Valentine’s Day is a special day for lovers around the world, normally celebrated on the fourteenth of February and meant to be a day filled with happiness and goodwill. Historians have different ideas about the origins of Valentine’s Day, but many of them have to do with Saint Valentine—of which there are at least three. A common narrative is that Valentine, a Roman priest during Claudius II’s rule, defied the emperor’s order outlawing marriages for young men because he thought that single men made better soldiers. Valentine believed it to be unfair and married them in secret. When the emperor found out, he beheaded him outside of Rome. Ironically, according to this account, this holiday was formed because of marital oppression. Just as marriage was outlawed in the third century for young Roman men, same-sex marriage was not legalized in the US until fairly recently, and it continues to be scorned by an concerning percentage of people all around the world. Taking this into consideration, have you ever thought about how Valentine’s Day is perceived by the LGBTQ+ community?
Even though we normally think of Valentine’s Day as a day of celebration, queer people are drastically underrepresented when it comes to this holiday. According to the Independent, as well as various other sources, Valentine’s Day “pushes society’s ideal of what our relationships ‘should’ look like – heterosexual, monogamous, sexual, romantic.” Some articles go even further, claiming that Valentine’s Day promotes the heteronormative, child-centric idea that relationships should be perfect and that a family should have two kids (although I have to admit that I got part of that from Brooklyn Nine-Nine). Overall, Valentine’s Day has remained so promotive of heteronormality that it completely excludes the queer community.
GLAAD is an organization founded in 1985 called the Gay and Lesbian Alliance Against Defamation, with its main goal being advocation for the queer community through social media. Each year, it conducts a study which “takes a deeper look at non-LGBTQ Americans’ familiarity, comfortability, and understanding of the LGBTQ experience.” The GLAAD 2021 Accelerating Acceptance Study found that “LGBTQ people say they’ve experienced discrimination at higher levels in 2021 than last year, with 6 in 10 LGBTQ respondents reporting discrimination based on sexual orientation and/ or gender identity.” These alarming numbers demonstrate the blatant discriminatory attitude that Americans have where the queer community is concerned.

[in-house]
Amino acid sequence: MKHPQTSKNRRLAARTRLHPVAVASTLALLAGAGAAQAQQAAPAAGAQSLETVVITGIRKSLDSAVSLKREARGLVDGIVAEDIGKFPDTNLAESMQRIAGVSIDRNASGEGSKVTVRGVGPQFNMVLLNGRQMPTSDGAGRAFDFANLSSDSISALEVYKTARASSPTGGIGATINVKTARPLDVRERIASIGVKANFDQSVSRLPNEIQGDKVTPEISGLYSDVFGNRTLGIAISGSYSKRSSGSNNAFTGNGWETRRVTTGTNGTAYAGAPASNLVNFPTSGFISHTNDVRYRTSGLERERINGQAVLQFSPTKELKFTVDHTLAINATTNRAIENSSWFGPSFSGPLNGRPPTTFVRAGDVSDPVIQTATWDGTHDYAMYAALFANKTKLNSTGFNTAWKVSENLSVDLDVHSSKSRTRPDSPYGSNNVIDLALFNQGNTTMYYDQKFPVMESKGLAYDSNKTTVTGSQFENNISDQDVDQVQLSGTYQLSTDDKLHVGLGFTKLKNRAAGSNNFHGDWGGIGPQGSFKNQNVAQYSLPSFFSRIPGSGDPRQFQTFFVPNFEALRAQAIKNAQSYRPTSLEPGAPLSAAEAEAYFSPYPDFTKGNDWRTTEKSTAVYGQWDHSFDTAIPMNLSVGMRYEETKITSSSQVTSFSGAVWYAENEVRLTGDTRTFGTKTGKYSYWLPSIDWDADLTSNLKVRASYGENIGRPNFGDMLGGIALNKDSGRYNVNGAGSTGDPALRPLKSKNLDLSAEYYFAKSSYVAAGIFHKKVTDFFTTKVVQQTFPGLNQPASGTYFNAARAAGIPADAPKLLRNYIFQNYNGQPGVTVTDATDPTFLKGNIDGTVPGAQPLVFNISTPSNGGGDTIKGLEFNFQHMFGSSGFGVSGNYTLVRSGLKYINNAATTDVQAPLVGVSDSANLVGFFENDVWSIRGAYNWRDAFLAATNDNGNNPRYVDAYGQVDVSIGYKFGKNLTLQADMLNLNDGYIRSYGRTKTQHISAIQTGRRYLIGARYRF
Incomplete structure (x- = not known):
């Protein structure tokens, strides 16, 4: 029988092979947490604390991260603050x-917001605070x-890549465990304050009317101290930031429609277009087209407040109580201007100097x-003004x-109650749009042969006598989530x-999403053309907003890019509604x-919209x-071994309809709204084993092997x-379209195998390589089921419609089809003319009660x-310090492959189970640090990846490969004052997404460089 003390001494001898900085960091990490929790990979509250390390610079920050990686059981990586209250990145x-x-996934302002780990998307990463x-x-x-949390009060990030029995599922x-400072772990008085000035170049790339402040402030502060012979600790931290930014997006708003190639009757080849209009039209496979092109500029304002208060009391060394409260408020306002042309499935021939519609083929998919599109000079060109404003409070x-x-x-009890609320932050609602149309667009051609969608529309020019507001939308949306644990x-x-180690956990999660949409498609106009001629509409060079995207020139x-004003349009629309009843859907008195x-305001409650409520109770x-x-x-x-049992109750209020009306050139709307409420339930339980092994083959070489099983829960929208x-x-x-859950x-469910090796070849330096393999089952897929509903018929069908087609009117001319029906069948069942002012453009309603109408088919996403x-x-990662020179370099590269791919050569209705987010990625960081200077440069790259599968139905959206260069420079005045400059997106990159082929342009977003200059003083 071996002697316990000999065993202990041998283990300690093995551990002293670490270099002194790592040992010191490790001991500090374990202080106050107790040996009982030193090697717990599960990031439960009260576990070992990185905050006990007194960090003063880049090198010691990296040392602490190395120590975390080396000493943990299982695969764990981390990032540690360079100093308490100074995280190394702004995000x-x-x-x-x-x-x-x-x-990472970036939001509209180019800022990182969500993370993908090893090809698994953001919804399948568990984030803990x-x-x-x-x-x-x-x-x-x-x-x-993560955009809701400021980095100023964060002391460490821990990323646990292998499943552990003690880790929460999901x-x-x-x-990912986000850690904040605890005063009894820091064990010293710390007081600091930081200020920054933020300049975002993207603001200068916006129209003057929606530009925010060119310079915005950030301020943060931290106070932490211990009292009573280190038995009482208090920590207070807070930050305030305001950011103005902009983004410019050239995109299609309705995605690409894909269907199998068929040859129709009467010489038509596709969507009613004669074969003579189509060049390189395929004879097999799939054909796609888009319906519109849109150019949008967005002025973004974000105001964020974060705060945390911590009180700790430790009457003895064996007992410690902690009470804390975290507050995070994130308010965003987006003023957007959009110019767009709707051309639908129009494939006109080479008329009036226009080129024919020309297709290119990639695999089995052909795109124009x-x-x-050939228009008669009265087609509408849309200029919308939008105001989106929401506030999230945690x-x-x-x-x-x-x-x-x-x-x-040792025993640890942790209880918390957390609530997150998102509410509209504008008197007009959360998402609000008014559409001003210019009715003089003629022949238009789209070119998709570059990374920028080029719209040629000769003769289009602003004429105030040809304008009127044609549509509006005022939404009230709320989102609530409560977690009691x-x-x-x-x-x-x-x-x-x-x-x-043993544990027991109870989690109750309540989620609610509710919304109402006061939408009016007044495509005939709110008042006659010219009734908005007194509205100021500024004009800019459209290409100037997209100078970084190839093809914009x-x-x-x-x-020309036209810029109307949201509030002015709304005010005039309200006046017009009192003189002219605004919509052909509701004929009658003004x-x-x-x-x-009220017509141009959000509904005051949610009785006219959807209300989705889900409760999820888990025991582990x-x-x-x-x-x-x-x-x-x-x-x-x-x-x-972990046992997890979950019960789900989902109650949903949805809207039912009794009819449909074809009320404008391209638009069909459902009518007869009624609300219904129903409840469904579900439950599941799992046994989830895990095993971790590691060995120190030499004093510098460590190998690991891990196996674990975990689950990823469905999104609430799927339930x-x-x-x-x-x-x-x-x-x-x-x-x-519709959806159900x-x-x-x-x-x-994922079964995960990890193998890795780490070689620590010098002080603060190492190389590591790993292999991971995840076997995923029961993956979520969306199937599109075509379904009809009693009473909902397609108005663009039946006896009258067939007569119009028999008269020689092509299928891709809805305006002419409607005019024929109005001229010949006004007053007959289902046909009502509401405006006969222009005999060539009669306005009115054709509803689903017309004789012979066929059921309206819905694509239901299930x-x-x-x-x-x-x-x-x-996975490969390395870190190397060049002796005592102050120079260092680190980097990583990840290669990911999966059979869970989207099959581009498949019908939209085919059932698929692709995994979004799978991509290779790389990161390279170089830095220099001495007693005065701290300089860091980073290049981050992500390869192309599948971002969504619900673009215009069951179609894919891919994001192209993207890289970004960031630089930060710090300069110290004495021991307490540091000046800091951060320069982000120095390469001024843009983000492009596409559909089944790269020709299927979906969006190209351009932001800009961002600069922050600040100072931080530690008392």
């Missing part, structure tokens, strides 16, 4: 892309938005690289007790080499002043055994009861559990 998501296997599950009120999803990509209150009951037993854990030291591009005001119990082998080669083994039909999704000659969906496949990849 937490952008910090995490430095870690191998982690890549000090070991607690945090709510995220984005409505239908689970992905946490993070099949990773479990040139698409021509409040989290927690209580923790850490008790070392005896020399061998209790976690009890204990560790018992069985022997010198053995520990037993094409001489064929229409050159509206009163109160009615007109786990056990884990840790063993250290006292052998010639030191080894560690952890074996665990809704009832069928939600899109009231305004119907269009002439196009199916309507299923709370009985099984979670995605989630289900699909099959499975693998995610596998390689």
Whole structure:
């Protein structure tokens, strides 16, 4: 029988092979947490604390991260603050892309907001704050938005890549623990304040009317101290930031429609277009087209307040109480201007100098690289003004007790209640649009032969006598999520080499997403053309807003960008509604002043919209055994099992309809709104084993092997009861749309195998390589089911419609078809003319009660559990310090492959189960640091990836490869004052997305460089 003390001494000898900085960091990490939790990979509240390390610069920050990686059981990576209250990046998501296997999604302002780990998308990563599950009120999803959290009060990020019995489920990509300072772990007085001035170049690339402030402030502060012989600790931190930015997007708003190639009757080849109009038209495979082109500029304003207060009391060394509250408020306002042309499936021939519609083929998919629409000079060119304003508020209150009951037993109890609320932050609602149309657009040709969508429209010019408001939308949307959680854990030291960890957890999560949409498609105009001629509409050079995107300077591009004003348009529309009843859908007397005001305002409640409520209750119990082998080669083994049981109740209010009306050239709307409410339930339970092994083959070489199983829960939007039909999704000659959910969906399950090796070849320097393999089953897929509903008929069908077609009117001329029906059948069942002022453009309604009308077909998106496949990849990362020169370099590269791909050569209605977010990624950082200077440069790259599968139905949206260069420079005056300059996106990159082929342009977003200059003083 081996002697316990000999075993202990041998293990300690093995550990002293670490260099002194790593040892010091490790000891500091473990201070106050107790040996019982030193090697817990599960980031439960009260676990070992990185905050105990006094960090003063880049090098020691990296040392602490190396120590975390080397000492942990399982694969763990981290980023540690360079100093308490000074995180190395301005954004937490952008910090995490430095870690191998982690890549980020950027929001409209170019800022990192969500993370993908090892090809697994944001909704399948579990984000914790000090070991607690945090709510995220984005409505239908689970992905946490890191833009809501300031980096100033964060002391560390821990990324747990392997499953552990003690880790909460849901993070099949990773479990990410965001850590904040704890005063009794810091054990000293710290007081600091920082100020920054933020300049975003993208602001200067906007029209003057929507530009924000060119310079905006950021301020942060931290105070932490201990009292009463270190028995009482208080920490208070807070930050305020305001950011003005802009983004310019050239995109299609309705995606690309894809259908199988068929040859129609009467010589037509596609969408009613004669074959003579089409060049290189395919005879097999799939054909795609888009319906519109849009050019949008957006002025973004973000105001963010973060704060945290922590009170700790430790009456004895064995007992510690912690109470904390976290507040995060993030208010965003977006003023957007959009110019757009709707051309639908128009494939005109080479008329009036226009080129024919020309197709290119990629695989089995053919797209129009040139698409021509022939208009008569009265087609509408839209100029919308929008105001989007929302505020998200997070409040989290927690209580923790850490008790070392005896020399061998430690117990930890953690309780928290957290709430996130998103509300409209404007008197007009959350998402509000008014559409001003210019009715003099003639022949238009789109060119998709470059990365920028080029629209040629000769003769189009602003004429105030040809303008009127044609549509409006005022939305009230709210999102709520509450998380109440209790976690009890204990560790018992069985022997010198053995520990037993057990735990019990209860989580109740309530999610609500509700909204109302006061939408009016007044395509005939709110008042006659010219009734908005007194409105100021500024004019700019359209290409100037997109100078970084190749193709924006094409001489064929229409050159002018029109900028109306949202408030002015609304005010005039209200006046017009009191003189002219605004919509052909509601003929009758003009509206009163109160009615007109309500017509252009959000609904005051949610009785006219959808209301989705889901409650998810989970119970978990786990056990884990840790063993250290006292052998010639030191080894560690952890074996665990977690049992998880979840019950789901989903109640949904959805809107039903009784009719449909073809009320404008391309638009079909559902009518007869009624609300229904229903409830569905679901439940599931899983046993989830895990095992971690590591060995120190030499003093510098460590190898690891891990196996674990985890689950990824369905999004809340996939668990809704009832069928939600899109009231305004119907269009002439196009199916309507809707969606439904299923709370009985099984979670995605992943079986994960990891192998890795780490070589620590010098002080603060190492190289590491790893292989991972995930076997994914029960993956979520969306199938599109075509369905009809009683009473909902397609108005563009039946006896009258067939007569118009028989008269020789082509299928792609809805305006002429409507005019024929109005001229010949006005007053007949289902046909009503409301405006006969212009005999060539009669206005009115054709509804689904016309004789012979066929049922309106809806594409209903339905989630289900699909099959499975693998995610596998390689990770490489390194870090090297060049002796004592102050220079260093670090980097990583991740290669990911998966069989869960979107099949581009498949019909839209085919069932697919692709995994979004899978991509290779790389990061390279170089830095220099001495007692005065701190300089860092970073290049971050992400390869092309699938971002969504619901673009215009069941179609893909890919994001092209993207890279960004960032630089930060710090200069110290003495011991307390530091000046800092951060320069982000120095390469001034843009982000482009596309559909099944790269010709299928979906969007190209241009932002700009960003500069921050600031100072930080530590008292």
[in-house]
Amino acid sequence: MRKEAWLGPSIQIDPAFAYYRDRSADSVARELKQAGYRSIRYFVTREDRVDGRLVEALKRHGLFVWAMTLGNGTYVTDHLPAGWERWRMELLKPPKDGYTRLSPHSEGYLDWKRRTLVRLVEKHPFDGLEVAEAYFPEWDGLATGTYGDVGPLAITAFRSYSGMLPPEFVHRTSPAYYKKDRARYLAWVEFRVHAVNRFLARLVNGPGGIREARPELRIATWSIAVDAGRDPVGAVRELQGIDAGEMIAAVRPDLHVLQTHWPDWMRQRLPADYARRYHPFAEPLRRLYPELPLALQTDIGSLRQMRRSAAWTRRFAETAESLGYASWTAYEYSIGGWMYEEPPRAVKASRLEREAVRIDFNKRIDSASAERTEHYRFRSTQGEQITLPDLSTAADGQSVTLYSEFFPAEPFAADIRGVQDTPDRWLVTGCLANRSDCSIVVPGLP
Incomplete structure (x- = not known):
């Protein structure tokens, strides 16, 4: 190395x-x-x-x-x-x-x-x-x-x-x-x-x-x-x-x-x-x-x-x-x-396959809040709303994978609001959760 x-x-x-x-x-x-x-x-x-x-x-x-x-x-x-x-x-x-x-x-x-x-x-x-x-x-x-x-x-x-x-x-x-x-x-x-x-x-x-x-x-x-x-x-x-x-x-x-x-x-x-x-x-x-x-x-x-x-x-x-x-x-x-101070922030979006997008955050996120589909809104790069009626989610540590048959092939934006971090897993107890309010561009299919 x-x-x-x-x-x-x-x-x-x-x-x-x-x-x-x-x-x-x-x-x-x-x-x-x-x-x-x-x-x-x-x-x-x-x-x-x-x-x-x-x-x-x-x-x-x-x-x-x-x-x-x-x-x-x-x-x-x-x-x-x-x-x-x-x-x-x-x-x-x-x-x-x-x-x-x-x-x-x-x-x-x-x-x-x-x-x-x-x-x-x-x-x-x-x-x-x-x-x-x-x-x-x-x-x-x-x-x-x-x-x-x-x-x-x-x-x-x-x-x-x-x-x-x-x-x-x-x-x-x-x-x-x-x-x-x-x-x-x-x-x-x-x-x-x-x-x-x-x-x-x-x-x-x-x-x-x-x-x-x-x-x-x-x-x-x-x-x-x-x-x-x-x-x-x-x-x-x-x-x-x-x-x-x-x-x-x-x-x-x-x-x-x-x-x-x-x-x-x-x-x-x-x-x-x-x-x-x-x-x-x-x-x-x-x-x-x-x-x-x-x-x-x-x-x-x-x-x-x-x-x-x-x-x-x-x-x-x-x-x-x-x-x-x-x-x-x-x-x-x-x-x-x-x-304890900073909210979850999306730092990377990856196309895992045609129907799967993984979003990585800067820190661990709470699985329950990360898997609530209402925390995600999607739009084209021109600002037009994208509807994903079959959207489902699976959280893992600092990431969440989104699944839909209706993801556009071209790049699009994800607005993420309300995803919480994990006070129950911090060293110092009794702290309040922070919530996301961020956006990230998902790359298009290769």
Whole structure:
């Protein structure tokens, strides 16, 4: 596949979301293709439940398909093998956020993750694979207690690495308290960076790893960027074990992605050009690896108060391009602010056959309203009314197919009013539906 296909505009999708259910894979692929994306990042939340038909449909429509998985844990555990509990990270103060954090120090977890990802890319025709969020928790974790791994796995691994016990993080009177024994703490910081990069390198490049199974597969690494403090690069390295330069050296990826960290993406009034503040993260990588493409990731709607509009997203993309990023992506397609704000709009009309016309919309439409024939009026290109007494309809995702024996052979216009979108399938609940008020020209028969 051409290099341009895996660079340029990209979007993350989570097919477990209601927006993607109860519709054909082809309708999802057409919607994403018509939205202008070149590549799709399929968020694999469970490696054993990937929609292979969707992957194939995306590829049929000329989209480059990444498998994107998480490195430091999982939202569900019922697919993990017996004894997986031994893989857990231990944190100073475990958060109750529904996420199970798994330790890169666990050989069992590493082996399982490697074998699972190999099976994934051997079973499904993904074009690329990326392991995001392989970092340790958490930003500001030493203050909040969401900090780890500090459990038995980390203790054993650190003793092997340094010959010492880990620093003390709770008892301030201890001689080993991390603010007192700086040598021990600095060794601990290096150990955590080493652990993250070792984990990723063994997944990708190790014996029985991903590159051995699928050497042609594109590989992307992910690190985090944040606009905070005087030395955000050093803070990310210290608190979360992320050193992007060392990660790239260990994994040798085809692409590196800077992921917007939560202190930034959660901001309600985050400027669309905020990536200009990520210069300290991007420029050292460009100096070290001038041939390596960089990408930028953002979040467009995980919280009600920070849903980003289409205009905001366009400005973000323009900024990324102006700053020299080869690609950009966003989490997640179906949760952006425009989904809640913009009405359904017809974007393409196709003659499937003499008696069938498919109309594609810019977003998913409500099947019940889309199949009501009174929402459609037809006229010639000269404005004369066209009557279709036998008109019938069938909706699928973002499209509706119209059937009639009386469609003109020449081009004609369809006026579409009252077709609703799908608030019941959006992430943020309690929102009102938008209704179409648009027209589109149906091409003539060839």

Valentine’s Day is very much a commercialized holiday—its sales generate roughly twenty billion dollars each year. Hallmark makes fourteen hundred different card varieties that people buy for their friends and loved ones, most of which are made for the straight community and very few of which are made for the queer. The lack of consideration for the LGBTQ+ community can make finding a card for a loved one a very unsettling experience for a queer person. If they find a card they like but realize it was made for a heterosexual couple, it can be frustrating for them to have to limit themselves to a minority of options rather than being able to enjoy the majority.
Valentine’s Day is supposed to be a time of joy, but when companies and even society in general push heterocentric ideals onto the world, it can make it miserable for the queer community. But while they are greatly underrepresented, it is still important to note that some noticeable improvements have been made—anti-queer movies have waned in influence and popularity, and more movies starring queer characters are coming into play. One such example is Mathias and Maxime, which explores how a kiss between two men done for a film project leads to true attraction between them. These developments alone, however, are not enough, and the LGBTQ+ community is still far from gaining the representation it deserves.